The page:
“Okay, I didn’t think he could get any more adorable, but now…” Lara waves a hand.
I snort. “I’d love to go, Caleb.” I flash Lara one last look. “But only if you’re sure.”
“Get out of here before I shove you out the door,” she scolds, reaching over to accept the apron I’m untying from my neck.
“Fine, I can take a hint,” I call over my shoulder. I’m nervous about leaving the shop in Lara and the assistants’ hands. But I can’t deny it—those nerves flood away in an instant when Caleb reaches down and catches my hand in his, our fingers entwining.
We take his car, drive to his sister’s house on the outskirts of town. When we climb out of the car and he catches my hand again—unafraid to hold it in front of his family, apparently—I can’t help thinking yet again that this has to be something special. Unique.
There’s no way he’d bring me to this party if ours was a purely business relationship. Right?
Caleb’s sister, Beth, turns out to be his stepsister, I learn as he introduces me to the bubbly blond with a strong American accent.
“So glad you could both make it,” she gushes as she tries to corral a small herd of 6-year-old girls, currently stampeding through the house on their way from one birthday activity to the next. “Oh, and the cake!” Her eyes light up. “I’m in love with your bakery, Carmine. Caleb was telling me you gave him a special class and everything, I about died of jealousy.”
My cheeks flush bright red, thinking about exactly how special that class was. Pretty sure his sister wouldn’t have wanted the version of baking class that he got. “No trouble at all,” I hear myself saying as Beth leads us through the winding hallways of her house toward the kitchen.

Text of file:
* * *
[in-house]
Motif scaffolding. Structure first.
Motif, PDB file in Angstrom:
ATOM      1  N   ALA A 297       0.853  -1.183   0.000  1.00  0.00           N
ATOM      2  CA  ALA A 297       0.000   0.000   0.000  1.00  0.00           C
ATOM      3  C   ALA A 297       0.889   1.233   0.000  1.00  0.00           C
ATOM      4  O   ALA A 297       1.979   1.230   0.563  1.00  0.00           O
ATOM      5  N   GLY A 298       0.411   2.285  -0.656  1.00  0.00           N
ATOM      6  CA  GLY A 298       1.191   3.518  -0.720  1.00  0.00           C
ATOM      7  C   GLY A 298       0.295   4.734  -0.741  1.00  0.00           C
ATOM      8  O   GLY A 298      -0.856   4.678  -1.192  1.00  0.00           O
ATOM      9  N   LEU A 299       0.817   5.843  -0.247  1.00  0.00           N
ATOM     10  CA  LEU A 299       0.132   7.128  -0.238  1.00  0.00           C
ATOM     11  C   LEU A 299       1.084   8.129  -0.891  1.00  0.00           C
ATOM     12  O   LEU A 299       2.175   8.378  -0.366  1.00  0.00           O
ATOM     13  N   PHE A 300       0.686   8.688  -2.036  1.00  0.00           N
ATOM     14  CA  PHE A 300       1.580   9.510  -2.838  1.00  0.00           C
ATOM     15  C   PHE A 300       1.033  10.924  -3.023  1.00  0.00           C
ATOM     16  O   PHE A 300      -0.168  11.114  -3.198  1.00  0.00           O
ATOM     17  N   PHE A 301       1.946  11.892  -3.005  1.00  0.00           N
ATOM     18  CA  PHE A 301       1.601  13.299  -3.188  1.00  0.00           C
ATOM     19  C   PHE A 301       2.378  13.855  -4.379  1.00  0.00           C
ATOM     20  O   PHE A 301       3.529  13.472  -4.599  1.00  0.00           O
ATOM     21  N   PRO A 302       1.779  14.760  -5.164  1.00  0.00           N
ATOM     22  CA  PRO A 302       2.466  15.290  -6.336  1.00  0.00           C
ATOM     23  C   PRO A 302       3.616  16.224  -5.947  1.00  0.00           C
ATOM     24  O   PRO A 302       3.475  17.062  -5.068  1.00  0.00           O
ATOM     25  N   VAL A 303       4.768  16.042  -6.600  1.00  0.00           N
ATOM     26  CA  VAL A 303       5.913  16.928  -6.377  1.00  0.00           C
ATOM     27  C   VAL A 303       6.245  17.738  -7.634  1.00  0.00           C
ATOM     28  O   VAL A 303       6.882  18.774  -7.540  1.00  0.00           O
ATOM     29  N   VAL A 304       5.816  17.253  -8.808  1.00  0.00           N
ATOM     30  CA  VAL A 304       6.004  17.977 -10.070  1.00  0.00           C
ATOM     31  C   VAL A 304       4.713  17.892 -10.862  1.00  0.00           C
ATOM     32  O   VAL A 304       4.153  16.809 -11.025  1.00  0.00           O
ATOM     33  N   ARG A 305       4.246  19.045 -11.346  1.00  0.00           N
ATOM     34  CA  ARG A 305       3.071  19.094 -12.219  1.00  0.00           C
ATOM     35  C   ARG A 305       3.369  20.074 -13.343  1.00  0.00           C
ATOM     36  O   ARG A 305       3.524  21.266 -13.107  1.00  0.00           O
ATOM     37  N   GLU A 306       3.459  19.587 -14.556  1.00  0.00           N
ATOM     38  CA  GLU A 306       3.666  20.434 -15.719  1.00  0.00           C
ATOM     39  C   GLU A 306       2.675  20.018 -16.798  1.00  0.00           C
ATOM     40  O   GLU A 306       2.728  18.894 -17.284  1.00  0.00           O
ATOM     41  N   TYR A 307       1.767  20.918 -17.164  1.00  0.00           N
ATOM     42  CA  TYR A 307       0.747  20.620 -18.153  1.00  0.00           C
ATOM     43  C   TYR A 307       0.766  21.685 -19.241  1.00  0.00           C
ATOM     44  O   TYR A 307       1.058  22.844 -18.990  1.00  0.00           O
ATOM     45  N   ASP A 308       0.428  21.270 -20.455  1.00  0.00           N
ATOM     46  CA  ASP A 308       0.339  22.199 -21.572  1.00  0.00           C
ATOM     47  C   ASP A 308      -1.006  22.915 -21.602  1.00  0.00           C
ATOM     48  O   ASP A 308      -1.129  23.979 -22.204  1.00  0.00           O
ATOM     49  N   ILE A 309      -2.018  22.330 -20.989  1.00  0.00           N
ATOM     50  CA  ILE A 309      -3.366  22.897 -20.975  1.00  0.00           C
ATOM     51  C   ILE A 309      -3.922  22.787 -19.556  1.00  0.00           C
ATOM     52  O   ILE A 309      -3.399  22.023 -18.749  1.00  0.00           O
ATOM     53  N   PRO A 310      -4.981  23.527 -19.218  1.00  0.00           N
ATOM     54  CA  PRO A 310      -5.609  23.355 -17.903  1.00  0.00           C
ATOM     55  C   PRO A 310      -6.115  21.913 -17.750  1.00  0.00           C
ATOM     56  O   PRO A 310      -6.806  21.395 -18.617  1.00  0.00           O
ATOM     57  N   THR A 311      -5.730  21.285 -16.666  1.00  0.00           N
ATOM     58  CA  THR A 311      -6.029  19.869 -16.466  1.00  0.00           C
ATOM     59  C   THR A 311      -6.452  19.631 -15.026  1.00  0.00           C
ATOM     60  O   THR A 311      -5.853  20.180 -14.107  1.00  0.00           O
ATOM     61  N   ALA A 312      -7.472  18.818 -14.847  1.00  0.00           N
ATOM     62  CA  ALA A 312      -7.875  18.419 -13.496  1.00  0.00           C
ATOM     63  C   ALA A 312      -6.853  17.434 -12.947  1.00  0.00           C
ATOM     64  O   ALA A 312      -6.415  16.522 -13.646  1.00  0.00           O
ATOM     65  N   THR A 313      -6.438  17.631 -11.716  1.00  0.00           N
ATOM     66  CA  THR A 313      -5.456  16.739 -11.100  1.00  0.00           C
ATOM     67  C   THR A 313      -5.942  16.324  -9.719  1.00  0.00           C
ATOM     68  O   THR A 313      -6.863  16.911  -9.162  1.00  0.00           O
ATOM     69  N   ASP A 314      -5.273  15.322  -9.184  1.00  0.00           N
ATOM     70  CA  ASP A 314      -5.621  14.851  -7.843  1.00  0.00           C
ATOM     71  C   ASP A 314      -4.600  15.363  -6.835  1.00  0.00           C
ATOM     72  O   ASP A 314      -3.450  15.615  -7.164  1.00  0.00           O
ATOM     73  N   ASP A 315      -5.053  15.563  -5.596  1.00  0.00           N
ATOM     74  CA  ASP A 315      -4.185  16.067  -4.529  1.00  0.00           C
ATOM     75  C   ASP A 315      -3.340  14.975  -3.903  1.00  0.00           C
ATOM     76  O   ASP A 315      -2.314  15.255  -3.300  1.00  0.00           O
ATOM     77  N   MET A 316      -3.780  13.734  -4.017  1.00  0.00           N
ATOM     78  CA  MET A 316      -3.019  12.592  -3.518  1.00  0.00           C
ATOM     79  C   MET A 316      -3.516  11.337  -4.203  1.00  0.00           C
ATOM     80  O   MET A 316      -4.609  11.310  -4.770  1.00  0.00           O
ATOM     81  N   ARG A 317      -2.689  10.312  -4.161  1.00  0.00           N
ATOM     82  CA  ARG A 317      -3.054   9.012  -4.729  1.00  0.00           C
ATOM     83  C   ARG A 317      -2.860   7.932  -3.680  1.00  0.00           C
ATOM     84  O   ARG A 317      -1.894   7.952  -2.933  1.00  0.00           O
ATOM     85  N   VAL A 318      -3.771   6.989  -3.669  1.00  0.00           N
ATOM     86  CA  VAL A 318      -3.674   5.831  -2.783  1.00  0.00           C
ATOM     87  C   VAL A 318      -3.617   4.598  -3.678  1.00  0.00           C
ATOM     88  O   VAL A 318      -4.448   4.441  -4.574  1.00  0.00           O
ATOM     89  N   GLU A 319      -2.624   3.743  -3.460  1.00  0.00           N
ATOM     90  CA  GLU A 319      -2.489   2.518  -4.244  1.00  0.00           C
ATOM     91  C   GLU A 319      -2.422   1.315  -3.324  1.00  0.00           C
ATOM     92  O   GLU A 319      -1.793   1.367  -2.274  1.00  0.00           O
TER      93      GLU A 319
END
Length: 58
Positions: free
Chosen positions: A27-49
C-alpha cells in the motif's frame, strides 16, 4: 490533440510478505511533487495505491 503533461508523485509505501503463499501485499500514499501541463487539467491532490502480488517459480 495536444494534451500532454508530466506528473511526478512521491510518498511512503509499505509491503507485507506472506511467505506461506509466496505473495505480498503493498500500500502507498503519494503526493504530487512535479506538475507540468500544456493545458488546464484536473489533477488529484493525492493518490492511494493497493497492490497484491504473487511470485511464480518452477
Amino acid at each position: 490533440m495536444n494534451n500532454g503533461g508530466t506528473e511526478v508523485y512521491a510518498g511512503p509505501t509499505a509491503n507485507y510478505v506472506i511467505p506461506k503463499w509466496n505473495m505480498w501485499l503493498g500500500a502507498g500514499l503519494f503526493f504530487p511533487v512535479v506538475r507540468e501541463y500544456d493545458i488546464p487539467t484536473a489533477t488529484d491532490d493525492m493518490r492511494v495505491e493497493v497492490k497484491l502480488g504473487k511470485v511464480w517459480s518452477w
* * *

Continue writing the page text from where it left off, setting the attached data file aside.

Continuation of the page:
“Still, it’s so sweet…”
I lose track of the conversation when we reach the kitchen, which is packed with people. I lose my grip on Caleb too, and find myself fumbling through the chaos, trying to find some people I recognize.
More than a few seem to recognize me, though, and after I spot Caleb trapped in a conversation with a few older guys out back by the grill, I let some neighbors pull me into a conversation about the bakery business. We chat for a few minutes, mostly them asking questions about how hard it was to get started and how much they’ve heard from their friends that they need to try our cakes.
Then the conversation drifts toward mutual friends, play dates for the kids, and other topics I can’t follow, and I politely excuse myself.
I’m trying to make my way back across the kitchen when I catch a snippet of a conversation that freezes me in my tracks.
“Where do you think he knows her from, anyway?”
“Who knows? Probably his company, if you can call it that.”
“Can you believe Beth is okay with him doing that? I hear his own mother disowned him, you know, when it came out.”
“So do you think she’s a client or…?”
“Surely not. Even a whore must have the dignity not to bring his work to a six-year-old’s birthday party,” one of the neighbors says. “It’s just not appropriate.” She doesn’t even bother to lower her voice on the word whore.
I spin around, face bright red, fists clenched with fury. “You’d think using that sort of language would be the thing that’s not appropriate,” I say, scowling.
The woman flushes. Clearly she thought I was out of earshot. Her friends all blush too, avoiding my eye.
“Who asked what any of you think, anyway?” I ask, my voice rising a little. I can’t help it. I’m too angry. “It’s none of your business how Caleb decides to earn his living.”
“As long as you don’t mind that your man earns his money giving it up for other people, you’re right, what business is it of ours?” One of the girls laughs. The others join in.
“Personally I just can’t imagine being all right with that,” the first woman adds, shaking her head at me, as though she pities me. “Going out with a man who would toss you aside the second a woman with a bigger purse came along.”
I push past them. Screw these women. Screw their judgmental attitudes and their know-it-all smirks.
And screw the way their words sink into the pit of my stomach. Make me confront what I’ve been hiding from all along. Because deep down, I know they’re right.
This isn’t anything more than a business relationship. And I’m already in way over my head.
I elbow my way out the back of the house and head for the path to the front. I’ll catch a cab out front. I can’t stick around here any longer. Can’t be paraded around as if I’m Caleb’s friend, or girlfriend, or something, anything besides what I actually am. Nothing more than a client.